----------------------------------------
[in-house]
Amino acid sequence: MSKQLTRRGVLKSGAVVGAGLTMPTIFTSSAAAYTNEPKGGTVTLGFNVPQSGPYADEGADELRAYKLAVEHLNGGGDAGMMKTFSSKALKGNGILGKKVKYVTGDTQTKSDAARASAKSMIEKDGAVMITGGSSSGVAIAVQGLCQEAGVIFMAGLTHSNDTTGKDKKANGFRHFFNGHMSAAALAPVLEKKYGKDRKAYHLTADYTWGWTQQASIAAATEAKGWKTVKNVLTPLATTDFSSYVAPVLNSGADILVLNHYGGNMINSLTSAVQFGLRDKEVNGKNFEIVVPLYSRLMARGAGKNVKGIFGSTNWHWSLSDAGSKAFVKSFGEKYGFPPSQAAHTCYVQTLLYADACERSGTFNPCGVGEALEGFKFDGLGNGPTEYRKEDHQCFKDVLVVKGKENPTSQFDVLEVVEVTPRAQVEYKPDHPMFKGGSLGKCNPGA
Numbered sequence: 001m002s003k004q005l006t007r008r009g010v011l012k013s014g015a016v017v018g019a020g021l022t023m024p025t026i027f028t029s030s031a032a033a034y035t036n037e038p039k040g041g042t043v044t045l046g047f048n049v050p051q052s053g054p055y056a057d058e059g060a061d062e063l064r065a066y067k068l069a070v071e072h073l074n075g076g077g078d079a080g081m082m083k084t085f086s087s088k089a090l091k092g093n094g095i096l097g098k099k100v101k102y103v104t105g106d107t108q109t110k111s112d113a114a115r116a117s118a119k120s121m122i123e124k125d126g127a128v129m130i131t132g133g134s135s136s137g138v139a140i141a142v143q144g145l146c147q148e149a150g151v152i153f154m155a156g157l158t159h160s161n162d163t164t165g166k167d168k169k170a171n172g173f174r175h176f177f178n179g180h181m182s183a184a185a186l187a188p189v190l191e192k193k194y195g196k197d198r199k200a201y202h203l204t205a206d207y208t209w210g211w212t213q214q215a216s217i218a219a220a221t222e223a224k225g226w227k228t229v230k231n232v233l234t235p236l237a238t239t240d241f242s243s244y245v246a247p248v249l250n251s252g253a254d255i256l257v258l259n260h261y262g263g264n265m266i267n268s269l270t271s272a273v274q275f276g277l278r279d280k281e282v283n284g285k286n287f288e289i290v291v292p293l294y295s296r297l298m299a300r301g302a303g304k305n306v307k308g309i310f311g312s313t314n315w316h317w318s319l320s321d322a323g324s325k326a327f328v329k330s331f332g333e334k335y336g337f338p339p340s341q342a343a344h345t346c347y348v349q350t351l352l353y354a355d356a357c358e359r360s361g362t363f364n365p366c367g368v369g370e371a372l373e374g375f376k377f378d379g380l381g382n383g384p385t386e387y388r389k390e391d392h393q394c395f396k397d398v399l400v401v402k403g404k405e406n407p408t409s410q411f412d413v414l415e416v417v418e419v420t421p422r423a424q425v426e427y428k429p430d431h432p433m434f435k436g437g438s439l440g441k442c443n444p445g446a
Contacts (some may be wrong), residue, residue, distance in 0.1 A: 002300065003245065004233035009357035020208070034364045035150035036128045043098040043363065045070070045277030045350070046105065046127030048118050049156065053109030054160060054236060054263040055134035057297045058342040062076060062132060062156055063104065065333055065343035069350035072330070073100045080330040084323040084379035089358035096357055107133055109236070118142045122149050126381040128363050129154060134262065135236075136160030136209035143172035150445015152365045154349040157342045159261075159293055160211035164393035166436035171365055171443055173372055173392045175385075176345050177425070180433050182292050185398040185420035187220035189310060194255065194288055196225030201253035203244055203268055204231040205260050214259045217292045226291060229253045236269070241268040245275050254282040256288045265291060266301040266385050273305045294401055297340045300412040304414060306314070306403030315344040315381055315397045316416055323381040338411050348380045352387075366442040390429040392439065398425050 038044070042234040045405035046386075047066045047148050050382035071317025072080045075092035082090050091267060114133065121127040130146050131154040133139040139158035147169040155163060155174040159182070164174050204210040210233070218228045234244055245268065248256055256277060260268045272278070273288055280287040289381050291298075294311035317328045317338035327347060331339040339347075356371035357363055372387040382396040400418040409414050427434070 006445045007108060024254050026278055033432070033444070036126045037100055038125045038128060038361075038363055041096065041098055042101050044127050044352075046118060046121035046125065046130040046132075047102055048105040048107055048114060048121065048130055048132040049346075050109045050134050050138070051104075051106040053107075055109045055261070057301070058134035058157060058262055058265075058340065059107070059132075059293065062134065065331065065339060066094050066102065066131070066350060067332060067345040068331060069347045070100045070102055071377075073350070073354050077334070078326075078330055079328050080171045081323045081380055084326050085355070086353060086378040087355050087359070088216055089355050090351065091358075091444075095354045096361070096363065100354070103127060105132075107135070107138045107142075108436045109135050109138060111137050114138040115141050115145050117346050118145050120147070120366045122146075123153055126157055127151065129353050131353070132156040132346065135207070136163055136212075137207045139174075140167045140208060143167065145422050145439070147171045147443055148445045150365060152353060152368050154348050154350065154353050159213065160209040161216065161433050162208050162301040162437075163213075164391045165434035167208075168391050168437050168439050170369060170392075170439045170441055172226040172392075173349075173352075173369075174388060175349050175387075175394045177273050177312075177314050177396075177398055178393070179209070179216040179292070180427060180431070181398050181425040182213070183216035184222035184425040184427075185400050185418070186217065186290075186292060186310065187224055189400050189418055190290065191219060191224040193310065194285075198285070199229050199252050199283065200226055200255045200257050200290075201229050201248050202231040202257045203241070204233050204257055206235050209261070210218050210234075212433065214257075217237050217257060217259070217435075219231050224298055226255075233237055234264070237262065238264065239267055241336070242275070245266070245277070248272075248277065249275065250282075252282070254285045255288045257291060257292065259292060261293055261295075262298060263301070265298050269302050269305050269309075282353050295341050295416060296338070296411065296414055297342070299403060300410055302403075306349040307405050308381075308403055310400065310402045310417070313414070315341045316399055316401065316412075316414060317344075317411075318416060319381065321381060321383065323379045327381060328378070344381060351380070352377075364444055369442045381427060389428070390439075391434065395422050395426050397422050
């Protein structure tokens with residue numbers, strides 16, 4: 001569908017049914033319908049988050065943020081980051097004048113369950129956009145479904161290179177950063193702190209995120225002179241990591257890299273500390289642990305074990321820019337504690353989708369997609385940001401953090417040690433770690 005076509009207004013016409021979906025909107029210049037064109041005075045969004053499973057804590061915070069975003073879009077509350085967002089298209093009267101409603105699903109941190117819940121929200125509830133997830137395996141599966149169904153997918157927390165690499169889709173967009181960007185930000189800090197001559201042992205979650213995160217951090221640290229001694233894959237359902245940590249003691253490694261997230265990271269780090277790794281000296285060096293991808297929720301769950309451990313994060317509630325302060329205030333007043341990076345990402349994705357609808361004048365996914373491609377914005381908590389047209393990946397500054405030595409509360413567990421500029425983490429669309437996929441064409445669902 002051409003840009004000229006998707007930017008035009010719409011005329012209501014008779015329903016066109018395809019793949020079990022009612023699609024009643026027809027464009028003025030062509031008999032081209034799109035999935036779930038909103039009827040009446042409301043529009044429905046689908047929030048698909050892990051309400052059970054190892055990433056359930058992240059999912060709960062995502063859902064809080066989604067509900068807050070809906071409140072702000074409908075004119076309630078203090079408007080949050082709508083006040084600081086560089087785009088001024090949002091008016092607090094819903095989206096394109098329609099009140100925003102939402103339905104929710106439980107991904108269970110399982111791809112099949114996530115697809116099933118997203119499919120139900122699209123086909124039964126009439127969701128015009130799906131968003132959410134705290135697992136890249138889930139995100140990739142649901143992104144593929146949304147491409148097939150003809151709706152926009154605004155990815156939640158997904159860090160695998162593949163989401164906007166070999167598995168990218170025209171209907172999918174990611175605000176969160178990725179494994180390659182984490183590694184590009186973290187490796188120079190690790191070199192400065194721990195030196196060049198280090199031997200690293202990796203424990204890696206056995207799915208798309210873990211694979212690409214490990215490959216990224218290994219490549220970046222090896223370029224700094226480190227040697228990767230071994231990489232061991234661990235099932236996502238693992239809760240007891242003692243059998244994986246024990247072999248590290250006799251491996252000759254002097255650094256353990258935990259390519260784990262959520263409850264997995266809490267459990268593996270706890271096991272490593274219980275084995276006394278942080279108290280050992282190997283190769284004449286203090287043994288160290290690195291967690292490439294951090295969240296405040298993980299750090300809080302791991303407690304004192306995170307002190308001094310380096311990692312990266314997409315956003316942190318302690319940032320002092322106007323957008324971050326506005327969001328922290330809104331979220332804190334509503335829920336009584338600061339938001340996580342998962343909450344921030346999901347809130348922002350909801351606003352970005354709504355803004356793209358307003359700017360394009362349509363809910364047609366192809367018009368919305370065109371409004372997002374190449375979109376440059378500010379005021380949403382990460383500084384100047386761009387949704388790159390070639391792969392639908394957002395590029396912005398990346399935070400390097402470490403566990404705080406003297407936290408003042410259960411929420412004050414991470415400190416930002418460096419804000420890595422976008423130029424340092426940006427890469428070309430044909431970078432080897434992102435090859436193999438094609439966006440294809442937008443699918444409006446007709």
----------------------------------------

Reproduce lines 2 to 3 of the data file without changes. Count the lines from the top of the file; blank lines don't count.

Amino acid sequence: MSKQLTRRGVLKSGAVVGAGLTMPTIFTSSAAAYTNEPKGGTVTLGFNVPQSGPYADEGADELRAYKLAVEHLNGGGDAGMMKTFSSKALKGNGILGKKVKYVTGDTQTKSDAARASAKSMIEKDGAVMITGGSSSGVAIAVQGLCQEAGVIFMAGLTHSNDTTGKDKKANGFRHFFNGHMSAAALAPVLEKKYGKDRKAYHLTADYTWGWTQQASIAAATEAKGWKTVKNVLTPLATTDFSSYVAPVLNSGADILVLNHYGGNMINSLTSAVQFGLRDKEVNGKNFEIVVPLYSRLMARGAGKNVKGIFGSTNWHWSLSDAGSKAFVKSFGEKYGFPPSQAAHTCYVQTLLYADACERSGTFNPCGVGEALEGFKFDGLGNGPTEYRKEDHQCFKDVLVVKGKENPTSQFDVLEVVEVTPRAQVEYKPDHPMFKGGSLGKCNPGA
Numbered sequence: 001m002s003k004q005l006t007r008r009g010v011l012k013s014g015a016v017v018g019a020g021l022t023m024p025t026i027f028t029s030s031a032a033a034y035t036n037e038p039k040g041g042t043v044t045l046g047f048n049v050p051q052s053g054p055y056a057d058e059g060a061d062e063l064r065a066y067k068l069a070v071e072h073l074n075g076g077g078d079a080g081m082m083k084t085f086s087s088k089a090l091k092g093n094g095i096l097g098k099k100v101k102y103v104t105g106d107t108q109t110k111s112d113a114a115r116a117s118a119k120s121m122i123e124k125d126g127a128v129m130i131t132g133g134s135s136s137g138v139a140i141a142v143q144g145l146c147q148e149a150g151v152i153f154m155a156g157l158t159h160s161n162d163t164t165g166k167d168k169k170a171n172g173f174r175h176f177f178n179g180h181m182s183a184a185a186l187a188p189v190l191e192k193k194y195g196k197d198r199k200a201y202h203l204t205a206d207y208t209w210g211w212t213q214q215a216s217i218a219a220a221t222e223a224k225g226w227k228t229v230k231n232v233l234t235p236l237a238t239t240d241f242s243s244y245v246a247p248v249l250n251s252g253a254d255i256l257v258l259n260h261y262g263g264n265m266i267n268s269l270t271s272a273v274q275f276g277l278r279d280k281e282v283n284g285k286n287f288e289i290v291v292p293l294y295s296r297l298m299a300r301g302a303g304k305n306v307k308g309i310f311g312s313t314n315w316h317w318s319l320s321d322a323g324s325k326a327f328v329k330s331f332g333e334k335y336g337f338p339p340s341q342a343a344h345t346c347y348v349q350t351l352l353y354a355d356a357c358e359r360s361g362t363f364n365p366c367g368v369g370e371a372l373e374g375f376k377f378d379g380l381g382n383g384p385t386e387y388r389k390e391d392h393q394c395f396k397d398v399l400v401v402k403g404k405e406n407p408t409s410q411f412d413v414l415e416v417v418e419v420t421p422r423a424q425v426e427y428k429p430d431h432p433m434f435k436g437g438s439l440g441k442c443n444p445g446a